The Runner-ups: 
     
    Manix – Living in the Past (Reinforced, October 2013)
    The equivalent to traveling in time back to 1992, breakbeat hardcore legends Manix give us 10 high-octane cuts of chipmunked vocals and pitched-up samples. We’re left Googling the album in shock to confirm these are, in fact, new tracks, as opposed to ones spent collecting dust on the cutting floor. (Beatport)
     
    Justice & Metro – Oxymoron (Modern Urban Jazz, April 2013)
    Still experimenting after almost 20 years, Justice & Metro continue to navigate through less-traveled soundscapes on this space-maximized compilation. (Beatport)
     
    Thing – Depthwise Collected (Depthwise, December 2013)
    With 12 tracks that hinge heavily on the mid-noughties heyday of liquidfunk, Thing provides the tools for any DJ to properly build up or bring down the night, depending on their timeslot. (Beatport)
     
    Critical Waves – Elevation (Melting Pot, November 2013)
    Up-and-coming producers Critical Waves provide an hour of melodramatic landscapes paraphrased by pastel pads and hefty breakbeats. (Beatport)
     
  • EARMILK’s Top 50 Albums of the Year [50-26]
    3:13, via EARMILK.COM
  • EARMILK’s Top 50 Albums of the Year [50-26]
    3:13, via EARMILK.COM
  • EARMILK’s Top 50 Albums of the Year [50-26]
    3:13, via EARMILK.COM
  • EARMILK’s Top 50 Albums of the Year [50-26]
    3:13, via EARMILK.COM
  • EARMILK’s Top 50 Albums of the Year [50-26]
    3:13, via EARMILK.COM
  • EARMILK’s Top 50 Albums of the Year [50-26]
    3:13, via EARMILK.COM
  • EARMILK’s Top 50 Albums of the Year [50-26]
    3:13, via EARMILK.COM
  • EARMILK’s Top 50 Albums of the Year [50-26]
    3:13, via EARMILK.COM
  • EARMILK’s Top 50 Albums of the Year [50-26]
    3:13, via EARMILK.COM
  • EARMILK’s Top 50 Albums of the Year [50-26]
    3:13, via EARMILK.COM
  • EARMILK’s Top 50 Albums of the Year [50-26]
    3:13, via EARMILK.COM
  • EARMILK’s Top 50 Albums of the Year [50-26]
    3:13, via EARMILK.COM
  • EARMILK’s Top 50 Albums of the Year [50-26]
    3:13, via EARMILK.COM
  • EARMILK’s Top 50 Albums of the Year [50-26]
    3:13, via EARMILK.COM
  • EARMILK’s Top 50 Albums of the Year [50-26]
    3:13, via EARMILK.COM
  • EARMILK’s Top 50 Albums of the Year [50-26]
    3:13, via EARMILK.COM
  • EARMILK’s Top 50 Albums of the Year [50-26]
    3:13, via EARMILK.COM
  • EARMILK’s Top 50 Albums of the Year [50-26]
    3:13, via EARMILK.COM
  • EARMILK’s Top 50 Albums of the Year [50-26]
    3:13, via EARMILK.COM
  • EARMILK’s Top 50 Albums of the Year [50-26]
    3:13, via EARMILK.COM
  • EARMILK’s Top 50 Albums of the Year [50-26]
    3:13, via EARMILK.COM
  • EARMILK’s Top 50 Albums of the Year [50-26]
    3:13, via EARMILK.COM
  • EARMILK’s Top 50 Albums of the Year [50-26]
    3:13, via EARMILK.COM
  • EARMILK’s Top 50 Albums of the Year [50-26]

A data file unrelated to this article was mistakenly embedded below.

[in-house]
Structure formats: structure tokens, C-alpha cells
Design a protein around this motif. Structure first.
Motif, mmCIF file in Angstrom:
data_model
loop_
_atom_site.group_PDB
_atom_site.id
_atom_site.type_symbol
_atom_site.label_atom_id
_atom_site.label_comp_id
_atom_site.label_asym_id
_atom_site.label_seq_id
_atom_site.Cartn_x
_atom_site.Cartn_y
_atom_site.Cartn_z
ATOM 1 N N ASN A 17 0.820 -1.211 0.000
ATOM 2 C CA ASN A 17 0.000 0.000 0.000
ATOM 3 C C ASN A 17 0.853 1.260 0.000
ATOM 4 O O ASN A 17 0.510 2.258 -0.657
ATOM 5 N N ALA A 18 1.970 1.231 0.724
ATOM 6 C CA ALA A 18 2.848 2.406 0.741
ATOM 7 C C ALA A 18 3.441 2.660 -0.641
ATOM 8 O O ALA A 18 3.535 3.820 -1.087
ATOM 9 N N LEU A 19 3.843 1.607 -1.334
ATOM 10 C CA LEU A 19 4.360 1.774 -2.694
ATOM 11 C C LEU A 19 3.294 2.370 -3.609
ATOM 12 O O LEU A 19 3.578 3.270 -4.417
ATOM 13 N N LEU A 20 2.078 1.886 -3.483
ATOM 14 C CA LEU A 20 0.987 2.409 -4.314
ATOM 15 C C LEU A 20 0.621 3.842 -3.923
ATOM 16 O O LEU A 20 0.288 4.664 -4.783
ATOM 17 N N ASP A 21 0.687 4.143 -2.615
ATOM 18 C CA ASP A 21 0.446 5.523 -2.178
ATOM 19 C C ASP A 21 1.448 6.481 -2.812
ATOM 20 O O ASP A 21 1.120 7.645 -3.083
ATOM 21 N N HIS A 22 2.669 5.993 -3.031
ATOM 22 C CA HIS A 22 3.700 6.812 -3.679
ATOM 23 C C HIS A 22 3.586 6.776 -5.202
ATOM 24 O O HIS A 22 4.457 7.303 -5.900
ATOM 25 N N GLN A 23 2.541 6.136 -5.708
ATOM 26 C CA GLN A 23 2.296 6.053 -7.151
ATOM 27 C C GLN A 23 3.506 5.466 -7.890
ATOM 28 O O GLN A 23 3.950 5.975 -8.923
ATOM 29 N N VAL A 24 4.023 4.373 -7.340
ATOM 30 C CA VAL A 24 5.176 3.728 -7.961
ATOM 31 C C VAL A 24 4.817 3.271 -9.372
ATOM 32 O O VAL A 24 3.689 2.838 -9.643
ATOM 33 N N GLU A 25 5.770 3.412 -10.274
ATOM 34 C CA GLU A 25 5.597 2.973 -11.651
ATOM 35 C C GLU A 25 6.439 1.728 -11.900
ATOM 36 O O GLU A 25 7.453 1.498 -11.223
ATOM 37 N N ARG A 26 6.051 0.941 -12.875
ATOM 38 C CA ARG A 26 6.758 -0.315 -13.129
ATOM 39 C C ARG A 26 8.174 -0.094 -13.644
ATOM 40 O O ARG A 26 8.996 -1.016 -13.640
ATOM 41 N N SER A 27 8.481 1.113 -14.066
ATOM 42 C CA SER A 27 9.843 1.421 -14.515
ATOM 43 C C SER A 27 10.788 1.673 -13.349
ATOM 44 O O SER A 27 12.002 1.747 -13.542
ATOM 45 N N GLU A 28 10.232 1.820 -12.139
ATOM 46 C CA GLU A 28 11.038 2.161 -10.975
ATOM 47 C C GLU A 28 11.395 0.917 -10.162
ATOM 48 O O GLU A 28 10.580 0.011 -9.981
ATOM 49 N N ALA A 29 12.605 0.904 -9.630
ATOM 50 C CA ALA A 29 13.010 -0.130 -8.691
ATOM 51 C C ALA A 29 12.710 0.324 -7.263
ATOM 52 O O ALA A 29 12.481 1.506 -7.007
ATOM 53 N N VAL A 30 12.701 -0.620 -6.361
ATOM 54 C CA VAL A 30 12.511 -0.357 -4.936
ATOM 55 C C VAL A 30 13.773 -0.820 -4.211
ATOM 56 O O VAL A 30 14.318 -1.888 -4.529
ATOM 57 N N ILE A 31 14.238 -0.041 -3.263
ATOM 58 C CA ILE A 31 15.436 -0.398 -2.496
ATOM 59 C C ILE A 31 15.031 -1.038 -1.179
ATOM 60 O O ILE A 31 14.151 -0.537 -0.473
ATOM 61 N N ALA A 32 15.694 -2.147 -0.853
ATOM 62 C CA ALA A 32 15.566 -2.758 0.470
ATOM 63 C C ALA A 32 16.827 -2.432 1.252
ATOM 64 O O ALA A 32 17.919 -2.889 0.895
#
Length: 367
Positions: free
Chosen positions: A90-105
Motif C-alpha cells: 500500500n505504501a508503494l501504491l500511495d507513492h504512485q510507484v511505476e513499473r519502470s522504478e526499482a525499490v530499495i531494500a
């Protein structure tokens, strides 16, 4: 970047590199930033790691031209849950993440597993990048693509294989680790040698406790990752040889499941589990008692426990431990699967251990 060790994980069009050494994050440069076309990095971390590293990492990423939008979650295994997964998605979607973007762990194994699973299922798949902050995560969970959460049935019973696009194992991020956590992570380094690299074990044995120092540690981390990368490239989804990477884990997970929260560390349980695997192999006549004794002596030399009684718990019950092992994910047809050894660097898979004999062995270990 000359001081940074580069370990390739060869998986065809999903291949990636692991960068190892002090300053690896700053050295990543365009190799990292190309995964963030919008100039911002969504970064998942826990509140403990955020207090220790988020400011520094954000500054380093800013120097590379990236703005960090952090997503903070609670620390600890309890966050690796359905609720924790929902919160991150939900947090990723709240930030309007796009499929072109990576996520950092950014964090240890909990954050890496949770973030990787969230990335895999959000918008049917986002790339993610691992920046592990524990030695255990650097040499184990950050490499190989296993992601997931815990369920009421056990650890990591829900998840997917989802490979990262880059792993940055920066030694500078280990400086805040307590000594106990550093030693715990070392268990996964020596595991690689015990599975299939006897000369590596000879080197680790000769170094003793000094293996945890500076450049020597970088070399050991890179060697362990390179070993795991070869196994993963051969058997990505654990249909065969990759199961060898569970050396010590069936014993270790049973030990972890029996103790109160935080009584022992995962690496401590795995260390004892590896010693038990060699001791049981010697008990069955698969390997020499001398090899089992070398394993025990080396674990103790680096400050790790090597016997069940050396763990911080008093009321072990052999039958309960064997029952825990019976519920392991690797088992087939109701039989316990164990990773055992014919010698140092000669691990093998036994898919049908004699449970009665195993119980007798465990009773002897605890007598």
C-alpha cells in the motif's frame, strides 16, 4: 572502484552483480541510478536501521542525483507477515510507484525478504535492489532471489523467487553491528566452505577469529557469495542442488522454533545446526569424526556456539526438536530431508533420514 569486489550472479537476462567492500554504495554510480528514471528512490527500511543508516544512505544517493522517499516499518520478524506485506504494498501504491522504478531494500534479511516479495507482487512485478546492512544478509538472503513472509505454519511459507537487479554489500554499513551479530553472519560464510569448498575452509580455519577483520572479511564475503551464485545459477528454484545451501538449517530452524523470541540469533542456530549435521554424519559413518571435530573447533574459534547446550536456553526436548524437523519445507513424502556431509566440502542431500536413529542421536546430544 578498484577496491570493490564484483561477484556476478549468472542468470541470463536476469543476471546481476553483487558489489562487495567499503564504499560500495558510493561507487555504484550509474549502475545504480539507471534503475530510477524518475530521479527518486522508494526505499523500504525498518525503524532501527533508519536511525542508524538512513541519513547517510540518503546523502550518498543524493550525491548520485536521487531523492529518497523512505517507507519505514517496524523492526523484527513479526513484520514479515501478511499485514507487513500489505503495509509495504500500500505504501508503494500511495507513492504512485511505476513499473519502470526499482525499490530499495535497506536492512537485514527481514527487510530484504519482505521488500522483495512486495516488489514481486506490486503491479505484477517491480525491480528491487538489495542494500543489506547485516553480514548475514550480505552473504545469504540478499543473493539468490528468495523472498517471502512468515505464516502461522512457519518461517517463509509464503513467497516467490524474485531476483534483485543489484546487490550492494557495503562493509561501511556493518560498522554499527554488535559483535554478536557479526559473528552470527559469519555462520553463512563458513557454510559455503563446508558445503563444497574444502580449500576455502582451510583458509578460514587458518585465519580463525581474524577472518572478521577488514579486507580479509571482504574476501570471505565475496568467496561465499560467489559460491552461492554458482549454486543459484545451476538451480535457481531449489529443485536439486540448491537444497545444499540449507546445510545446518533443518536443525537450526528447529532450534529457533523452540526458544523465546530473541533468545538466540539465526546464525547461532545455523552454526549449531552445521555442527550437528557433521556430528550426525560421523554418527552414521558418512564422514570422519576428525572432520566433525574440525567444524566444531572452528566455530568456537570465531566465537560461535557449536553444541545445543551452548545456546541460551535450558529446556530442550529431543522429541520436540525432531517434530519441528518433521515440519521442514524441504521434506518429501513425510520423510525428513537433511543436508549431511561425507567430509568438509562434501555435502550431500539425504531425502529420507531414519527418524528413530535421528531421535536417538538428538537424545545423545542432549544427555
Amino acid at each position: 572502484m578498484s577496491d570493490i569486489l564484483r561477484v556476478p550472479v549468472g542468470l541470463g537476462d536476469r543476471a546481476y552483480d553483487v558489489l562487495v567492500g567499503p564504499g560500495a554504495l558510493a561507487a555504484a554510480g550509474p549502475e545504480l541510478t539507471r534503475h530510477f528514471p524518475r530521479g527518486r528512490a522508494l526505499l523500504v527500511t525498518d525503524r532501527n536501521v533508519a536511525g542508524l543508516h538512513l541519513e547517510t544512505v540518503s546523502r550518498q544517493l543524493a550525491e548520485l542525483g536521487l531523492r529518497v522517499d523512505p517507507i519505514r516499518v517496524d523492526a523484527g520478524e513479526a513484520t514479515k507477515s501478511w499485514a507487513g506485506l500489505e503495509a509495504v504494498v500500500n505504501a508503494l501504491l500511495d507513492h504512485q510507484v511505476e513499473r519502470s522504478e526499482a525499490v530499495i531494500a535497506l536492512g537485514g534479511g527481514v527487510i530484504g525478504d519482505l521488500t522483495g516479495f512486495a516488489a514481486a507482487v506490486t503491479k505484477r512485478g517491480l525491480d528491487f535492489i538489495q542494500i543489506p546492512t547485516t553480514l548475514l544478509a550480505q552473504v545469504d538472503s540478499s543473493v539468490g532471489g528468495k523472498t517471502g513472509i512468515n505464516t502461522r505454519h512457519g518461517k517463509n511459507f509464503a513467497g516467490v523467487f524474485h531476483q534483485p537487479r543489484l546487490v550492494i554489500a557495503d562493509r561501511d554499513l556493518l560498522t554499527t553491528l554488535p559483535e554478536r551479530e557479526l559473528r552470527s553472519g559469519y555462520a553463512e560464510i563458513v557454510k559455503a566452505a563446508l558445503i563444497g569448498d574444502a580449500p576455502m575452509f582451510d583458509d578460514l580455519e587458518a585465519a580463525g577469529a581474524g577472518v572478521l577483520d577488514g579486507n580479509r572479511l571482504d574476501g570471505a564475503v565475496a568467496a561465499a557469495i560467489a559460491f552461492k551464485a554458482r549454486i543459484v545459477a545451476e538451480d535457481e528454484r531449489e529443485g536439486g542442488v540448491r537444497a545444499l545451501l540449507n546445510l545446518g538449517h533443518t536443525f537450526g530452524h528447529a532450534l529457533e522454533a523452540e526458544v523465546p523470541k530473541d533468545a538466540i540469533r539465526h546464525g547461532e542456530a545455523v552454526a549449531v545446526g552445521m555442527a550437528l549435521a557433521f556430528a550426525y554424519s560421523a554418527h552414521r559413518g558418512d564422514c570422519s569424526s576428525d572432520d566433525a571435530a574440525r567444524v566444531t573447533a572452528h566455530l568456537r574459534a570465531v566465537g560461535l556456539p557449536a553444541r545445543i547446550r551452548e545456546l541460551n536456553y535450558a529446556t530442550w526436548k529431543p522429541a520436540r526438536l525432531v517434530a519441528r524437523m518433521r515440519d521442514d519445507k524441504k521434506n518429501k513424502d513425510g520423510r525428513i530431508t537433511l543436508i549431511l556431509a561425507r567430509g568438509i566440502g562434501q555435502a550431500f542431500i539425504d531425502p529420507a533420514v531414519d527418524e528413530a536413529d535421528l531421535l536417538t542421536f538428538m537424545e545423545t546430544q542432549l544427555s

3:13, via EARMILK.COM
  • EARMILK’s Top 50 Albums of the Year [50-26]
    3:13, via EARMILK.COM
  • EARMILK’s Top 50 Albums of the Year [50-26]
    3:13, via EARMILK.COM
  • EARMILK’s Top 50 Albums of the Year [50-26]
    3:13, via EARMILK.COM
  • EARMILK’s Top 50 Albums of the Year [50-26]
    3:13, via EARMILK.COM
  • EARMILK’s Top 50 Albums of the Year [50-26]
    3:13, via EARMILK.COM
  • While the world exclaims up and down that the world of music is dying, we at EARMILK are seeing something profoundly different. Sure, there are some disappointing moments, our favorite artists may not be reaching the Billboard Top 100 quite yet, but as we reflect on the end of the…
  • Ryan Hemsworth – "Ribs" (Let’s Have A Sleepover Version)
    3:13, via EARMILK.COM
  • 2013 has been a huge year for the alternative rnb and the trap sector of electronic music. A name associated to the success of this movement would be impossible without Ryan Hemsworth. The Canadian producer and DJ first started to turn heads in August last year when he put a…
  • Lilies On Mars – "Dream of Bees" [Video Premiere]
    3:13, via EARMILK.COM
  • Multi-instrumentalists Lisa Masia and Marina Cristofalo together form the psychedelic, dream pop duo Lilies On Mars. Both moved to London from their native country of Sardinia, Italy, in search of more opportunities as musicians and started the band in 2009. The two have collaborated with Italian composter and filmmaker Franco…
  • BROODS – "Never Gonna Change"
    3:13, via EARMILK.COM
  • The brother and sister duo out of New Zealand, BROODS, has just released their track “Never Gonna Change” as a follow up to the debut success they saw with their first track “Bridges”. They were picked up with Captiol and Polydor for the release of their first EP, which we…
  • Hefna Gwap – "Trap Wit Me" (Feat. Jona Grizz)
    3:13, via EARMILK.COM